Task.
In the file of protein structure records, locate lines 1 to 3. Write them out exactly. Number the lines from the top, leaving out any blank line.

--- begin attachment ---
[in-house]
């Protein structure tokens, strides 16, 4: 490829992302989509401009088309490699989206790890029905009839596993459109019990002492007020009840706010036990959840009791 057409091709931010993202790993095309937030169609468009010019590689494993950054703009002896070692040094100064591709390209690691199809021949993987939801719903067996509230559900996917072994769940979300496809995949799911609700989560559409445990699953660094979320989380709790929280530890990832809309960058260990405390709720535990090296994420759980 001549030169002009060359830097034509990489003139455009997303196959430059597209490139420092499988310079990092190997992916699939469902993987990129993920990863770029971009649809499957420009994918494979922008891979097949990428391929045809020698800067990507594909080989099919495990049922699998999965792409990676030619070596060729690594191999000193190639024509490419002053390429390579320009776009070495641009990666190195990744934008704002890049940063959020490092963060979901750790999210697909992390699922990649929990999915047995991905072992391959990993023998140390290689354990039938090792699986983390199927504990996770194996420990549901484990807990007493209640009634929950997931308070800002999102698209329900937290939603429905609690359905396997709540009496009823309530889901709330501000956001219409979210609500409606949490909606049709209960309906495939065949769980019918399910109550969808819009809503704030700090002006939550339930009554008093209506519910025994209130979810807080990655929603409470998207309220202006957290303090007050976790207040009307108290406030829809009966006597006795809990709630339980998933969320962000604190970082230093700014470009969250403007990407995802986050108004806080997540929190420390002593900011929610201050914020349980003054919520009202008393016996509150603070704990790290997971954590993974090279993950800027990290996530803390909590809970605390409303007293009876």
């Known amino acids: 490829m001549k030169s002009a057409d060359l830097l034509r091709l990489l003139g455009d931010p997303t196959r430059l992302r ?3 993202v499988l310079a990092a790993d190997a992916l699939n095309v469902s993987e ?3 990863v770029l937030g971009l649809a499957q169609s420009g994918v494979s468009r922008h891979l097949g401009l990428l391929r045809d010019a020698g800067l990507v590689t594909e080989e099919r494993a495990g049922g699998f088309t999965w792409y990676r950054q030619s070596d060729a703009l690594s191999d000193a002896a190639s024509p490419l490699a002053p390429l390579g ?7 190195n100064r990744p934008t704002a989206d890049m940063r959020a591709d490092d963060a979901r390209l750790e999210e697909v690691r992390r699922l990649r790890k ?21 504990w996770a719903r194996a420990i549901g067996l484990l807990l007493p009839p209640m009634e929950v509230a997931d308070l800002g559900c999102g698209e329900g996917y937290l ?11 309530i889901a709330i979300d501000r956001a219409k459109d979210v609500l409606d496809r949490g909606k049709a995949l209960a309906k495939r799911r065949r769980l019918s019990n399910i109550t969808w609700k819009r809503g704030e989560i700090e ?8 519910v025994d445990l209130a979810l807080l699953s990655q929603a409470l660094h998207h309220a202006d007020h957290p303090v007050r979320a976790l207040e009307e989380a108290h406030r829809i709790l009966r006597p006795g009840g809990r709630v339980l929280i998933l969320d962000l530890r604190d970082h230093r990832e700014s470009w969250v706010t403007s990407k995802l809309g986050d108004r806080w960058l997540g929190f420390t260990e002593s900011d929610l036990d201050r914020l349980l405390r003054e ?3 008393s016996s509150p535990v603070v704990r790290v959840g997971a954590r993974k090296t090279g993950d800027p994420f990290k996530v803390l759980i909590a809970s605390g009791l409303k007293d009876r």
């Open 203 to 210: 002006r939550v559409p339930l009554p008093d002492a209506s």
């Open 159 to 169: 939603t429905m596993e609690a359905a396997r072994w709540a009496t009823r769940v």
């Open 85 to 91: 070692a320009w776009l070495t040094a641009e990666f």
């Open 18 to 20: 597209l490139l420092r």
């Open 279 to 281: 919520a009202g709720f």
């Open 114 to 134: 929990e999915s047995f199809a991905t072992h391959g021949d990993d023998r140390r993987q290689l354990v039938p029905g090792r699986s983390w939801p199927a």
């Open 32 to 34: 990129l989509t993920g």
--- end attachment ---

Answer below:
[in-house]
């Protein structure tokens, strides 16, 4: 490829992302989509401009088309490699989206790890029905009839596993459109019990002492007020009840706010036990959840009791 057409091709931010993202790993095309937030169609468009010019590689494993950054703009002896070692040094100064591709390209690691199809021949993987939801719903067996509230559900996917072994769940979300496809995949799911609700989560559409445990699953660094979320989380709790929280530890990832809309960058260990405390709720535990090296994420759980 001549030169002009060359830097034509990489003139455009997303196959430059597209490139420092499988310079990092190997992916699939469902993987990129993920990863770029971009649809499957420009994918494979922008891979097949990428391929045809020698800067990507594909080989099919495990049922699998999965792409990676030619070596060729690594191999000193190639024509490419002053390429390579320009776009070495641009990666190195990744934008704002890049940063959020490092963060979901750790999210697909992390699922990649929990999915047995991905072992391959990993023998140390290689354990039938090792699986983390199927504990996770194996420990549901484990807990007493209640009634929950997931308070800002999102698209329900937290939603429905609690359905396997709540009496009823309530889901709330501000956001219409979210609500409606949490909606049709209960309906495939065949769980019918399910109550969808819009809503704030700090002006939550339930009554008093209506519910025994209130979810807080990655929603409470998207309220202006957290303090007050976790207040009307108290406030829809009966006597006795809990709630339980998933969320962000604190970082230093700014470009969250403007990407995802986050108004806080997540929190420390002593900011929610201050914020349980003054919520009202008393016996509150603070704990790290997971954590993974090279993950800027990290996530803390909590809970605390409303007293009876």
């Known amino acids: 490829m001549k030169s002009a057409d060359l830097l034509r091709l990489l003139g455009d931010p997303t196959r430059l992302r ?3 993202v499988l310079a990092a790993d190997a992916l699939n095309v469902s993987e ?3 990863v770029l937030g971009l649809a499957q169609s420009g994918v494979s468009r922008h891979l097949g401009l990428l391929r045809d010019a020698g800067l990507v590689t594909e080989e099919r494993a495990g049922g699998f088309t999965w792409y990676r950054q030619s070596d060729a703009l690594s191999d000193a002896a190639s024509p490419l490699a002053p390429l390579g ?7 190195n100064r990744p934008t704002a989206d890049m940063r959020a591709d490092d963060a979901r390209l750790e999210e697909v690691r992390r699922l990649r790890k ?21 504990w996770a719903r194996a420990i549901g067996l484990l807990l007493p009839p209640m009634e929950v509230a997931d308070l800002g559900c999102g698209e329900g996917y937290l ?11 309530i889901a709330i979300d501000r956001a219409k459109d979210v609500l409606d496809r949490g909606k049709a995949l209960a309906k495939r799911r065949r769980l019918s019990n399910i109550t969808w609700k819009r809503g704030e989560i700090e ?8 519910v025994d445990l209130a979810l807080l699953s990655q929603a409470l660094h998207h309220a202006d007020h957290p303090v007050r979320a976790l207040e009307e989380a108290h406030r829809i709790l009966r006597p006795g009840g809990r709630v339980l929280i998933l969320d962000l530890r604190d970082h230093r990832e700014s470009w969250v706010t403007s990407k995802l809309g986050d108004r806080w960058l997540g929190f420390t260990e002593s900011d929610l036990d201050r914020l349980l405390r003054e ?3 008393s016996s509150p535990v603070v704990r790290v959840g997971a954590r993974k090296t090279g993950d800027p994420f990290k996530v803390l759980i909590a809970s605390g009791l409303k007293d009876r």